Senior school (from age 12) was in the same town and of course I was still a boarder. I don’t think boarding school did me any damage except for a complete lack of social skills; we did not mix much with the girls’ school which was some 5 km away. In the final two years we did meet the girls who were going on to “A” levels as they came up to our school to share facilities. I don’t recall mixing much and some years later one commented to a friend that I was no longer the shy boy that she’d known. She was wrong; I’ve just learnt to hide it better. Maybe it was me but I did not find them a very friendly bunch. I do today admire the attitude of my friends’ children who seem to be very much more at ease with the opposite sex.

When my father was murdered in my first year of the army my mother could not understand why I was not more emotional about our loss. My brother made some excuse for me but I never had the heart to tell her I could not easily mourn someone I didn’t really know – I never got to know him as another man as whenever I was at home on holiday he was at work. We got on OK but were never close. I vowed that I’d never send my children to boarding school for that reason – but I don’t have any.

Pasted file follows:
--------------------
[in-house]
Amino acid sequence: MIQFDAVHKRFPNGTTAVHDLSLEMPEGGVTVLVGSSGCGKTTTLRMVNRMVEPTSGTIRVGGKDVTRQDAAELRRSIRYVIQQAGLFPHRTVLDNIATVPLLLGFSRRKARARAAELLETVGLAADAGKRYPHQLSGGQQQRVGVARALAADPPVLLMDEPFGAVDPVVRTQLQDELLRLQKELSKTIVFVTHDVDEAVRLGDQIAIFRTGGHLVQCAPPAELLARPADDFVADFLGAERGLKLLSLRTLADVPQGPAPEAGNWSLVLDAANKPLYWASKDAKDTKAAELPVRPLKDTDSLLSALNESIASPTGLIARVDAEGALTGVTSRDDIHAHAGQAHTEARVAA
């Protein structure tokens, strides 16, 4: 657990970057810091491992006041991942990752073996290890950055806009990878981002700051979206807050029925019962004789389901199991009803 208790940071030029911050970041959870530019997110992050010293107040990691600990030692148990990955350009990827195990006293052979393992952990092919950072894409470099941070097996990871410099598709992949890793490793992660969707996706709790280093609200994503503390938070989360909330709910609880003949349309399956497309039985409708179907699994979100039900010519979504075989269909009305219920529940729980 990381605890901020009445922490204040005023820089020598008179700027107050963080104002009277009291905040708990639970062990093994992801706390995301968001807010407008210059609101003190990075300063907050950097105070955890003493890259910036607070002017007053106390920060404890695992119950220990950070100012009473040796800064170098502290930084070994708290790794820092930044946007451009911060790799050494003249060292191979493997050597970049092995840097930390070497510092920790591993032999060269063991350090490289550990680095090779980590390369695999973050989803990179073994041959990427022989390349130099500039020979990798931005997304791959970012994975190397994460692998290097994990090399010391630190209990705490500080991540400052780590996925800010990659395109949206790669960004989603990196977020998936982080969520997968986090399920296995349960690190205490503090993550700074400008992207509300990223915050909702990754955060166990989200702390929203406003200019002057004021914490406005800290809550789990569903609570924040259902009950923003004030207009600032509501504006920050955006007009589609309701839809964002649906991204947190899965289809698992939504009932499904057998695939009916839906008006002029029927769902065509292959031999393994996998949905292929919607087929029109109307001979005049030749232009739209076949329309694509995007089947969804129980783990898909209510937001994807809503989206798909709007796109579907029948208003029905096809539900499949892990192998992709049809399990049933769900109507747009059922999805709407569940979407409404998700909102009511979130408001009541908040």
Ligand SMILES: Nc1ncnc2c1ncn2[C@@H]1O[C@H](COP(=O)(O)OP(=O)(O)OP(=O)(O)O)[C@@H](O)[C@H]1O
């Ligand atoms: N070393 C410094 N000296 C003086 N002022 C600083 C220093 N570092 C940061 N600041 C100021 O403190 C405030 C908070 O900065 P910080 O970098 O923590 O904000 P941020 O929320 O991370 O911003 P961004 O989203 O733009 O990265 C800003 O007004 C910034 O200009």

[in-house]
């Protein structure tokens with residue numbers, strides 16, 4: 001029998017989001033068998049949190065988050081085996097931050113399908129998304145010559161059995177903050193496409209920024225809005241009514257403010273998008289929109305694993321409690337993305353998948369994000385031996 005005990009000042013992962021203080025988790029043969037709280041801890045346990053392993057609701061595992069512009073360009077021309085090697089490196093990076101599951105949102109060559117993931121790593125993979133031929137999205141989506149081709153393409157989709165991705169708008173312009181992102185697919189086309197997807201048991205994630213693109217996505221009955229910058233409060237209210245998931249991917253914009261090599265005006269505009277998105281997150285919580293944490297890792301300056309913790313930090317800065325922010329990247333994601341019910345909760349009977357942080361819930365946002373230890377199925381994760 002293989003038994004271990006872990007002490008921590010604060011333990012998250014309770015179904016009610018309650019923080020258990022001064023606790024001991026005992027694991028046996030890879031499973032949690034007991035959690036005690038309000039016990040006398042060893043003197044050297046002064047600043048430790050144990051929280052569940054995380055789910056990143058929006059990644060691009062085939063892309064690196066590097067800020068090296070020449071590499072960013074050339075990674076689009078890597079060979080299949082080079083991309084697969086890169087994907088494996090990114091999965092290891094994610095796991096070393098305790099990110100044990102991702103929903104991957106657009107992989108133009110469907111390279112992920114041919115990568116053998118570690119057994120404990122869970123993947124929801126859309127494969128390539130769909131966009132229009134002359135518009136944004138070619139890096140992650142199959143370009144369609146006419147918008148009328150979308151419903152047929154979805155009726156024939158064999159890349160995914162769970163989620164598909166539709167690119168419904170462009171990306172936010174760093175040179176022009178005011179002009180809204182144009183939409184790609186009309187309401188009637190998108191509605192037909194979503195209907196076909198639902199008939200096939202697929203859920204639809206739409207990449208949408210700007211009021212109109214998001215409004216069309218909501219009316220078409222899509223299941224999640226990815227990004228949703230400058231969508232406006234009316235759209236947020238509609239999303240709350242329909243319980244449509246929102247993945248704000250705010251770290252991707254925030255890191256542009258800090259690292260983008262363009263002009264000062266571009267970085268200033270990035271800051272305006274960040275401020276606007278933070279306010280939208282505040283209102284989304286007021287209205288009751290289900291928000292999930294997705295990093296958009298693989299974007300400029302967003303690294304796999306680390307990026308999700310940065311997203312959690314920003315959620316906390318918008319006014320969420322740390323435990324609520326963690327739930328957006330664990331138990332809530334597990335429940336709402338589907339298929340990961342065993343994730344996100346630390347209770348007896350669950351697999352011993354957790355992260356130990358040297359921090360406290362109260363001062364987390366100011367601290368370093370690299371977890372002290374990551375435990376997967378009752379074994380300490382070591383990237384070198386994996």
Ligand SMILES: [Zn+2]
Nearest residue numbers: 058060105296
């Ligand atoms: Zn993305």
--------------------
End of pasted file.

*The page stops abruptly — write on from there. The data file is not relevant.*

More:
Senior school was not a particularly enjoyable period of my life. I made some good friends (whom I rarely see any more) but I was bullied almost continuously throughout my first 5 years. Tip; bullies are cowards, they only bully those whom they know will not retaliate. The best treatment for them is to hit them very hard without warning. A friend of mine taught me this when he punched the same bully and never had any more problems and I’ve come across it elsewhere too. Some years back I ran into the bully at a pub. In those days I was very fit and the strongest I’d ever been. He by contrast was fat (he’d always been almost pathologically stupid) but he did not give me the excuse I was hoping for – I think he sensed I was hoping to thump him.

I left senior school in 1977 with mediocre “A” levels. I had lost interest in school and learnt the value of good teachers. I fought almost continuously with my maths teacher whose favourite refrain was “you must learn your formulae!” The previous year I’d done really well with a teacher whom I worshiped but as a result I ended up in the “advanced” class with a teacher whom I detested. Almost out of spite I got 4% for my mock exams in the June of that year though I did eventually pass. My biology teacher was arrogant and idle; more interested in riding his motorbike to inspect the cricket pitches than in teaching. In my first year of botany and university I discovered that for the most part he’d been using HIS university notes (we went to the same university) to teach us – even some of the phrases were identical.